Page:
John Johnson was among the first squatters of 1836. He emigrated from Monroe County. He was a genial man, full of fun, but was a devout Christian of the Methodist order, and was a great Sunday school man. He would read the scriptures and comment on them at Sunday school, and never saw a word he could not pronounce, though a goodly number he pronounced wrong. Mr. Johnson had a good wife. They reared a large family and both died since the war at a ripe old age.
Among the immigrants, while the Indians were still here, was Samuel Maroon. Mr. Maroon was a very firm, industrious man and became one of the best farmers in the section. He lived to a ripe old age and left a family of both boys and girls, some of whom still live at the old Maroon settlement. After Mr. Maroon’s boys were grown and had learned to drive horses to the wagon, he said he could yoke his oxen and drive two miles before every boy on the place could put the cheek lines on their horses.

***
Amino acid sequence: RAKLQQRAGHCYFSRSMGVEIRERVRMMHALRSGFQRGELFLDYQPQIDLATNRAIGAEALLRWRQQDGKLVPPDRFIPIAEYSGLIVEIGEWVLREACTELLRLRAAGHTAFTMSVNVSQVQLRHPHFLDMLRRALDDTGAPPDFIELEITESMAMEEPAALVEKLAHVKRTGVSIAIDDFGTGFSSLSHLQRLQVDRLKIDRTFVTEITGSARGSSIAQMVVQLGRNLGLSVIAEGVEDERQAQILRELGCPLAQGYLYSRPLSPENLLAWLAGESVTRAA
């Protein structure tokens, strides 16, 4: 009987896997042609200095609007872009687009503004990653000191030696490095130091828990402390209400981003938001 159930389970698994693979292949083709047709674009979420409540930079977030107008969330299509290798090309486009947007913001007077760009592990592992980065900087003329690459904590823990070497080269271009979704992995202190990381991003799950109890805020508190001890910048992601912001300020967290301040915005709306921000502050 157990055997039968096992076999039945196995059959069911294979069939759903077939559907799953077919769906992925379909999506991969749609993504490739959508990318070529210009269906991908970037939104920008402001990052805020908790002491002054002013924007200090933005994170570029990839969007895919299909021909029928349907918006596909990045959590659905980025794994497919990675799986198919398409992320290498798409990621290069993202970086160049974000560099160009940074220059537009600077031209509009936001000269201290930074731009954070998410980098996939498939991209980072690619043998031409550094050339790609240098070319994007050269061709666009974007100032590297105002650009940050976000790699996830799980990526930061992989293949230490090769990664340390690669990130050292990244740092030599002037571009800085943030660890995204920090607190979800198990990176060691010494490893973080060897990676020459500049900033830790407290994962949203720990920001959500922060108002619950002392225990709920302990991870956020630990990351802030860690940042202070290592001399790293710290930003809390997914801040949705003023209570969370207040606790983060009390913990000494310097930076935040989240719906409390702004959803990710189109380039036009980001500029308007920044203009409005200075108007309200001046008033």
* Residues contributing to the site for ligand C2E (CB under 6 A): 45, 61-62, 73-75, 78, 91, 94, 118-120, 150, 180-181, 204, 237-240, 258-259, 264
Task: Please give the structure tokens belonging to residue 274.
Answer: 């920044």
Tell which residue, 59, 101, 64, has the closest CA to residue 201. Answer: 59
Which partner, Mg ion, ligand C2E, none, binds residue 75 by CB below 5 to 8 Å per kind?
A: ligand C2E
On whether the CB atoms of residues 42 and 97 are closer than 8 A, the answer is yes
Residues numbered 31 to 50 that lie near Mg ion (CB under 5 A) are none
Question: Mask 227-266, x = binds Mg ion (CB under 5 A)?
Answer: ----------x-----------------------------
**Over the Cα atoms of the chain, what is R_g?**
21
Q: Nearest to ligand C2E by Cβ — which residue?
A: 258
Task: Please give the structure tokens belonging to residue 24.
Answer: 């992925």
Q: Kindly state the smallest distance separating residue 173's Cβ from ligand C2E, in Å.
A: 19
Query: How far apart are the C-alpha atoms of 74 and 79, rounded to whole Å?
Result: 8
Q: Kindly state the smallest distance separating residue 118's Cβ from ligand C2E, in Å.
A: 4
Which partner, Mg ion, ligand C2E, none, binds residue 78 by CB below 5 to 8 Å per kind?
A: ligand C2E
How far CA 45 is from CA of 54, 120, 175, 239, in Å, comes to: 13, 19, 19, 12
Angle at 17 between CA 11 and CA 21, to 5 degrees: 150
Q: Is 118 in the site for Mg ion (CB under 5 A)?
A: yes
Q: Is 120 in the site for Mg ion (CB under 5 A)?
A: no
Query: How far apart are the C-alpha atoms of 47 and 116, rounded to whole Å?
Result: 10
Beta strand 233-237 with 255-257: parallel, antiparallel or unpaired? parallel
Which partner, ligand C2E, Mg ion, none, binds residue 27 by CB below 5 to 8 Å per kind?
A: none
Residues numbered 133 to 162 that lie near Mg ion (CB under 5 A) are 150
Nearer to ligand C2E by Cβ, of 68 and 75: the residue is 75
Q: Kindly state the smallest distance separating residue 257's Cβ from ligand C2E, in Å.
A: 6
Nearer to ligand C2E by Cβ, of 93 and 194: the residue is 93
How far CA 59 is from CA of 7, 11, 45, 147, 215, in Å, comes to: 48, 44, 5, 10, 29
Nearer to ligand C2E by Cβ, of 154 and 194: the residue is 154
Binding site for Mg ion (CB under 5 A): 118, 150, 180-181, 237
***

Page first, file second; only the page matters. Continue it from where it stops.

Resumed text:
About the same year, 1836, Henderson Thatch emigrated from Monroe County and settled neighbor to Mr. Maroon. Mr. Thatch was a man of medium height, of red complexion and weighed about one hundred and seventy-five pounds. He was raised as a bound boy in North Carolina, emigrated to Monroe County, and there by industry and economy, accumulated enough to enter his farm in the new territory and to loan money to many of his neighbors who emigrated later. Mr. Thatch was a strict Methodist. If his boys transgressed his rules on Sunday, he did not correct them that day, but brought them to taw on Monday Morning. He was married twice and was the father of four girls by his first wife and seven boys by his second. He built the first threshing machine ever pulled by horse power in this neighborhood. It was a permanent wood structure in a large two-story barn and the people had to haul their grain to it. He threshed for the straw. Before this they whipped out their grain with a hickory club called a flail. Mr. Thatch lived to be old and died beloved and respected by all who knew him.